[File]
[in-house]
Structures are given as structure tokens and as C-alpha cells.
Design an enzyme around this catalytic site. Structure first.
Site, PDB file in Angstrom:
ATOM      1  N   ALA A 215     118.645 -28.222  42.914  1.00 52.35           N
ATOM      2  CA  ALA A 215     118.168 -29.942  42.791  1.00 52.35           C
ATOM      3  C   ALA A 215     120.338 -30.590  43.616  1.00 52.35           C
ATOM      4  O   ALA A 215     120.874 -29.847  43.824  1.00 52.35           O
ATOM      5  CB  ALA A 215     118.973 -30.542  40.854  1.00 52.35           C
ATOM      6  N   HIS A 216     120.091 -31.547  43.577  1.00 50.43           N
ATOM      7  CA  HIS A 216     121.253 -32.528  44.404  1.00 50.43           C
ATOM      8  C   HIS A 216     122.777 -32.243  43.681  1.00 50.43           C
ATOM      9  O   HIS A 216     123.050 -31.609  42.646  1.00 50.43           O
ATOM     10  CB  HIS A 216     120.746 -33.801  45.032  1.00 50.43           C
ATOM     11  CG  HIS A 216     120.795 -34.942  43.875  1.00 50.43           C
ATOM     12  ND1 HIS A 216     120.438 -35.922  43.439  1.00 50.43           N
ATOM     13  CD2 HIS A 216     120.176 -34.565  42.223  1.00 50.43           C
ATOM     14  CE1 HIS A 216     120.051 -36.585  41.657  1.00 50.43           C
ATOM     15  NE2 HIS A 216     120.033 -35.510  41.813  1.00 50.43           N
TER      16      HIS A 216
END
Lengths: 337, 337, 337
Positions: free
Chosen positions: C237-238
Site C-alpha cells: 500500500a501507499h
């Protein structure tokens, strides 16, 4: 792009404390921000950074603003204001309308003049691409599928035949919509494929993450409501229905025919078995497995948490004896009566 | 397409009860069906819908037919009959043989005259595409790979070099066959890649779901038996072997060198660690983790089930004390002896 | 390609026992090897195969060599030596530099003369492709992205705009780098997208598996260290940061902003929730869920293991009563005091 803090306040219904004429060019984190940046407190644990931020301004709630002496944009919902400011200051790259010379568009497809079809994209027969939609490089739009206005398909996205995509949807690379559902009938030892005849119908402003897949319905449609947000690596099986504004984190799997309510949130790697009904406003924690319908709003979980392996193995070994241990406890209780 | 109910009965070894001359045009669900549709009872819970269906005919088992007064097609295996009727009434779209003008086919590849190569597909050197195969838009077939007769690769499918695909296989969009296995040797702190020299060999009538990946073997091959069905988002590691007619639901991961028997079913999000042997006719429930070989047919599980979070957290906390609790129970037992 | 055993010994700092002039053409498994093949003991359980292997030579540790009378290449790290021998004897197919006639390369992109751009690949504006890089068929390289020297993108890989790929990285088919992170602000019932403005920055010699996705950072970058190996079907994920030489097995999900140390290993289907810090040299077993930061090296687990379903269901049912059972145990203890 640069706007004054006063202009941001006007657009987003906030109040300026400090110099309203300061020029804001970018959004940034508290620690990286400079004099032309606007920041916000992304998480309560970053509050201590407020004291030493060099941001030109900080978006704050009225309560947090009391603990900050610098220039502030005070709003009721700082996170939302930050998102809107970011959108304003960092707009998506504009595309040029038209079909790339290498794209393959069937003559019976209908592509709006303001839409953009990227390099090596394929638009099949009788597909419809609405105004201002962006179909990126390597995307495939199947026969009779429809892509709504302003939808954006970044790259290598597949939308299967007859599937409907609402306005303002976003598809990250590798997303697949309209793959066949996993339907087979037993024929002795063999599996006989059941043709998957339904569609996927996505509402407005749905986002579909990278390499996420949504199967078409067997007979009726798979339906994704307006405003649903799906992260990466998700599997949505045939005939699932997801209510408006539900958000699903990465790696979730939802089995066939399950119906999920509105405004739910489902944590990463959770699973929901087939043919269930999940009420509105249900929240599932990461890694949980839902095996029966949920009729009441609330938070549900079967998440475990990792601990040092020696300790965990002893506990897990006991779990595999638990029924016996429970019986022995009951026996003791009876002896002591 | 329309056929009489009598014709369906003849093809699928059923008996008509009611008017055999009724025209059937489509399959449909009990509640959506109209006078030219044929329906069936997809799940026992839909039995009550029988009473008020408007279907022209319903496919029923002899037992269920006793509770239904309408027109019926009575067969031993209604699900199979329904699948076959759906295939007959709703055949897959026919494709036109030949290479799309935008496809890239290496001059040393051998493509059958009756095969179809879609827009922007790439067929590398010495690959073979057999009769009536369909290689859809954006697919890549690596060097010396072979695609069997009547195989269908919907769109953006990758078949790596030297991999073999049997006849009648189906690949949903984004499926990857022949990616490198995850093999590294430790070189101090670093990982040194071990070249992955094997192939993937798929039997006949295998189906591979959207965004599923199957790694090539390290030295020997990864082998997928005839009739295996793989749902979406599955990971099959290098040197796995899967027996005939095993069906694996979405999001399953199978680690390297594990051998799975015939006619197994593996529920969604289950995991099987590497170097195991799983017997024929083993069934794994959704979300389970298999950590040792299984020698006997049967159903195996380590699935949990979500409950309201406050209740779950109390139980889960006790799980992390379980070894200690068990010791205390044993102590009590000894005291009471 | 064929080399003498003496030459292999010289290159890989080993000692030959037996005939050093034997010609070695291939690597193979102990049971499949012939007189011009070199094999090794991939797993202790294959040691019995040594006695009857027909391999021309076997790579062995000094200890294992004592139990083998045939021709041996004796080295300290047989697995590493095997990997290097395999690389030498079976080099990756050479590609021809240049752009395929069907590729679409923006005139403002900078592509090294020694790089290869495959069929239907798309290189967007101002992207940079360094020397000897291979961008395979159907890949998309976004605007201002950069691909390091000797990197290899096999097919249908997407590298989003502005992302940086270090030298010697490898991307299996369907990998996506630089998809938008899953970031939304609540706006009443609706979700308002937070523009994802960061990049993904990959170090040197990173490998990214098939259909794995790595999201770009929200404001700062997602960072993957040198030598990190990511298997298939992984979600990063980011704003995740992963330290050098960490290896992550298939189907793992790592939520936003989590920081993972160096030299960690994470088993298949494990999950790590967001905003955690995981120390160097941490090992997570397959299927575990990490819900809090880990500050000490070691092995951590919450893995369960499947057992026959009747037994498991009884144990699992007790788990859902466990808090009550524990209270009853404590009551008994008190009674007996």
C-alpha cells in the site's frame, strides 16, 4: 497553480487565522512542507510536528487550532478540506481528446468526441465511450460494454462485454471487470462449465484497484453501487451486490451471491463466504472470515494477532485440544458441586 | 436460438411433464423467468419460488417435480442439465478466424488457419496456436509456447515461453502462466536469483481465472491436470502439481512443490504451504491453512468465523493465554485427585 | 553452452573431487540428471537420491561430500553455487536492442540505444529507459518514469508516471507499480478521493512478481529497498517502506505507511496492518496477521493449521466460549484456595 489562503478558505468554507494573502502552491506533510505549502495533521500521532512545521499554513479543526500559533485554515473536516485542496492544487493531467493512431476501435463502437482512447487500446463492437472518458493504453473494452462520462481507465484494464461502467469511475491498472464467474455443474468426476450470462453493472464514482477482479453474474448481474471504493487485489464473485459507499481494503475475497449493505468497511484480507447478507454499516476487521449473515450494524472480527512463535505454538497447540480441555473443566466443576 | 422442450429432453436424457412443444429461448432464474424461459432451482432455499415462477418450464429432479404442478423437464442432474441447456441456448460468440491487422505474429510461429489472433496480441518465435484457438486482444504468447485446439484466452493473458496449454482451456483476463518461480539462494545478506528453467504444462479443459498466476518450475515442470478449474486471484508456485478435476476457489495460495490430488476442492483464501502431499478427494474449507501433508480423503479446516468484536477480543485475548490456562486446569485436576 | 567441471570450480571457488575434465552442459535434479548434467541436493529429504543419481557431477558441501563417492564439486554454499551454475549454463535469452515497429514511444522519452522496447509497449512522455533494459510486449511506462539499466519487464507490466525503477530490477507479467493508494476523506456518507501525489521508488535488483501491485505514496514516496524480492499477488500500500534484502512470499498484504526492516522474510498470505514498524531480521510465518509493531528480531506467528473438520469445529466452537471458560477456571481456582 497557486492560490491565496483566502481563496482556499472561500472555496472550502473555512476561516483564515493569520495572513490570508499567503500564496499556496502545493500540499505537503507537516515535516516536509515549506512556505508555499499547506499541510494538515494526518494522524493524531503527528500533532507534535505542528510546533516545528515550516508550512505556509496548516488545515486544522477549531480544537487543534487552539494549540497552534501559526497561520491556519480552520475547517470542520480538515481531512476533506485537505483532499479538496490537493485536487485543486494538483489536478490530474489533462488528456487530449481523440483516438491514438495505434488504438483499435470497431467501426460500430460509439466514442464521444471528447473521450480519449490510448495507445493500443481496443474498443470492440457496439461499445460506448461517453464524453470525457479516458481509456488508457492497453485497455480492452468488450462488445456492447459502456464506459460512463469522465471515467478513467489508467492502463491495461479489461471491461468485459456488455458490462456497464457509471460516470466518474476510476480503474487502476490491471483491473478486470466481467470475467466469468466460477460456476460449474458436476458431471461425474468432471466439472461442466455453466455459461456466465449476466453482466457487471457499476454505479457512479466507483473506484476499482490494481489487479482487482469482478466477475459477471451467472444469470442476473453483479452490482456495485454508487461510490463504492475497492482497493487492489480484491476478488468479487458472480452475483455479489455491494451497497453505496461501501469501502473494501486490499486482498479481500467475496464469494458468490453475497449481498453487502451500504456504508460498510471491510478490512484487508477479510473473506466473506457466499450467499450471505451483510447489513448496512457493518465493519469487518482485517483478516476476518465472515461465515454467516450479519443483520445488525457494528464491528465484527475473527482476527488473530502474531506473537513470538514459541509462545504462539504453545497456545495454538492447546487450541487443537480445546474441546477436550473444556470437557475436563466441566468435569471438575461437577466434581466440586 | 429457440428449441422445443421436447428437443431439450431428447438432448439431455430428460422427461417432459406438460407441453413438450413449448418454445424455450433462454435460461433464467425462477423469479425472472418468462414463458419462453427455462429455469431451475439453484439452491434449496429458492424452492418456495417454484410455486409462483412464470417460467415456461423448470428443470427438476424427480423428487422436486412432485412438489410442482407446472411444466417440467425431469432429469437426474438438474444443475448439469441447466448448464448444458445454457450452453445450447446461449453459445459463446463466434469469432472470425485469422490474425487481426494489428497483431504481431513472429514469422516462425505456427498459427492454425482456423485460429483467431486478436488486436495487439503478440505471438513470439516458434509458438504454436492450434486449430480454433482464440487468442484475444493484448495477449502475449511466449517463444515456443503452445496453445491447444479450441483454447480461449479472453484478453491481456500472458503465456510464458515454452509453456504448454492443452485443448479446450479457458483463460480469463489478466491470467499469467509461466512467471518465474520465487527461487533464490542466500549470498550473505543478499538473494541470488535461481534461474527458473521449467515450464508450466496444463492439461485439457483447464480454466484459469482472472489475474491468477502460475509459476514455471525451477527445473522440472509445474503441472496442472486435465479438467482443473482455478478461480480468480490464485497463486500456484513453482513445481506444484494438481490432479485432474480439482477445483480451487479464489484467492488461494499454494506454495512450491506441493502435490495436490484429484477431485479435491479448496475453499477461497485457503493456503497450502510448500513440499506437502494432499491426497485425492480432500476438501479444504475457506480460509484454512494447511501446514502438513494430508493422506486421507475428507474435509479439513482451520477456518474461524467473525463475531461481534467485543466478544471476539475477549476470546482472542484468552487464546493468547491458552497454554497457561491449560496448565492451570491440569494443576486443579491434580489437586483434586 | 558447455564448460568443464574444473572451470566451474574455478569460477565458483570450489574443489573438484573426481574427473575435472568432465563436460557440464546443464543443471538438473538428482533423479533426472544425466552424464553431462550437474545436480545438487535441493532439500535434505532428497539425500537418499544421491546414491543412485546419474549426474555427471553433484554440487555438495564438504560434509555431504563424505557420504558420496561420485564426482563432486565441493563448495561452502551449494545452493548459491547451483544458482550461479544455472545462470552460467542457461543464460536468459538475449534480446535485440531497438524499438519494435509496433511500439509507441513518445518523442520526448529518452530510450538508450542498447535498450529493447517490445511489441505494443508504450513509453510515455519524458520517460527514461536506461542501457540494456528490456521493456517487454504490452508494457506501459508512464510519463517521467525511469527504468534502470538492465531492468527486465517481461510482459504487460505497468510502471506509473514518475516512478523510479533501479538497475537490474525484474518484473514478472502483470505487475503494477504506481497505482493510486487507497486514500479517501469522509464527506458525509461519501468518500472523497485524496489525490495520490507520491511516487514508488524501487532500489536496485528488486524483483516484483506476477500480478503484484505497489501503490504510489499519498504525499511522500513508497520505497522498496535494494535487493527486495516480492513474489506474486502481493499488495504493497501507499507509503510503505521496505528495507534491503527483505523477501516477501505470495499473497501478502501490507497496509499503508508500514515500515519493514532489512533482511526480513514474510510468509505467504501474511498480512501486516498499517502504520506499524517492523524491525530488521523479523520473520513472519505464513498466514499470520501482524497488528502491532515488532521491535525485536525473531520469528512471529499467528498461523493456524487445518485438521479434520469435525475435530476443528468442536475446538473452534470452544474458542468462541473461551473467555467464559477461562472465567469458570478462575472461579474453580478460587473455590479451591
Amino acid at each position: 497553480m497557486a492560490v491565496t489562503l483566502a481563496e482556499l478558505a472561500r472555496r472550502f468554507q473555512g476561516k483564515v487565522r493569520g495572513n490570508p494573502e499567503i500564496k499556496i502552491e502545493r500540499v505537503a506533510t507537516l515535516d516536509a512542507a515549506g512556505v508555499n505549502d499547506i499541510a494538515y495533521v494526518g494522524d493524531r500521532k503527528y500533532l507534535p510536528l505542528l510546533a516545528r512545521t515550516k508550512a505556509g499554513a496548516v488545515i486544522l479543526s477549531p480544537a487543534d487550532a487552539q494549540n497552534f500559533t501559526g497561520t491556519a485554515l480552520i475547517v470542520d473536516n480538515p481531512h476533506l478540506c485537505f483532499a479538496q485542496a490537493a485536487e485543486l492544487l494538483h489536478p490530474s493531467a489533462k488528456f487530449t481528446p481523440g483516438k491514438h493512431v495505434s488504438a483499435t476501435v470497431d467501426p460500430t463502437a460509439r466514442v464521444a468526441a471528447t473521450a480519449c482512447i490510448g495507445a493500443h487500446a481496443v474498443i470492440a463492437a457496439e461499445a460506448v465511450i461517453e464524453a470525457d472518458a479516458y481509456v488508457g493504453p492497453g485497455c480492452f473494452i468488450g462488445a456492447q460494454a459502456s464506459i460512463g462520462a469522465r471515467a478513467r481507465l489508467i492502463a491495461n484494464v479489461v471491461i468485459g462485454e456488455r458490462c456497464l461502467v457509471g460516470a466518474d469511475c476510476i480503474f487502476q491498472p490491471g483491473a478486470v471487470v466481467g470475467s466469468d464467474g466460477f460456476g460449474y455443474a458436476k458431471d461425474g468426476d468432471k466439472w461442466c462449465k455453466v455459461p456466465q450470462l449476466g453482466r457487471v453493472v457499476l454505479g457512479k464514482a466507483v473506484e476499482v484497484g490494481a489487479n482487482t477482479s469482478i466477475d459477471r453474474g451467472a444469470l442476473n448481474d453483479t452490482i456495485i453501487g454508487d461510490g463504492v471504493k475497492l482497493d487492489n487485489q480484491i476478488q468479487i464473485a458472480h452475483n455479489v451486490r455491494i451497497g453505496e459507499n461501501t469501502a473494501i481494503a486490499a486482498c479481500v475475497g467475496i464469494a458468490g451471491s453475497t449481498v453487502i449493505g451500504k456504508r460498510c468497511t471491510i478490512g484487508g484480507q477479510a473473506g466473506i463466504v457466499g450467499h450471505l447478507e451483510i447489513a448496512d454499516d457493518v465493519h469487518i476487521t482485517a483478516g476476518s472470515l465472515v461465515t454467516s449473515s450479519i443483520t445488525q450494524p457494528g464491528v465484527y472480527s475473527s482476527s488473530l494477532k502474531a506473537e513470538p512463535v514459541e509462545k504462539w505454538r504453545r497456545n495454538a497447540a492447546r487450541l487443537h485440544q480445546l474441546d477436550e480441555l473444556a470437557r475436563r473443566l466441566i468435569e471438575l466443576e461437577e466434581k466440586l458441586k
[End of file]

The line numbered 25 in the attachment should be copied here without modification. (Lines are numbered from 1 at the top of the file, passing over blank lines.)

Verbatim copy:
Site C-alpha cells: 500500500a501507499h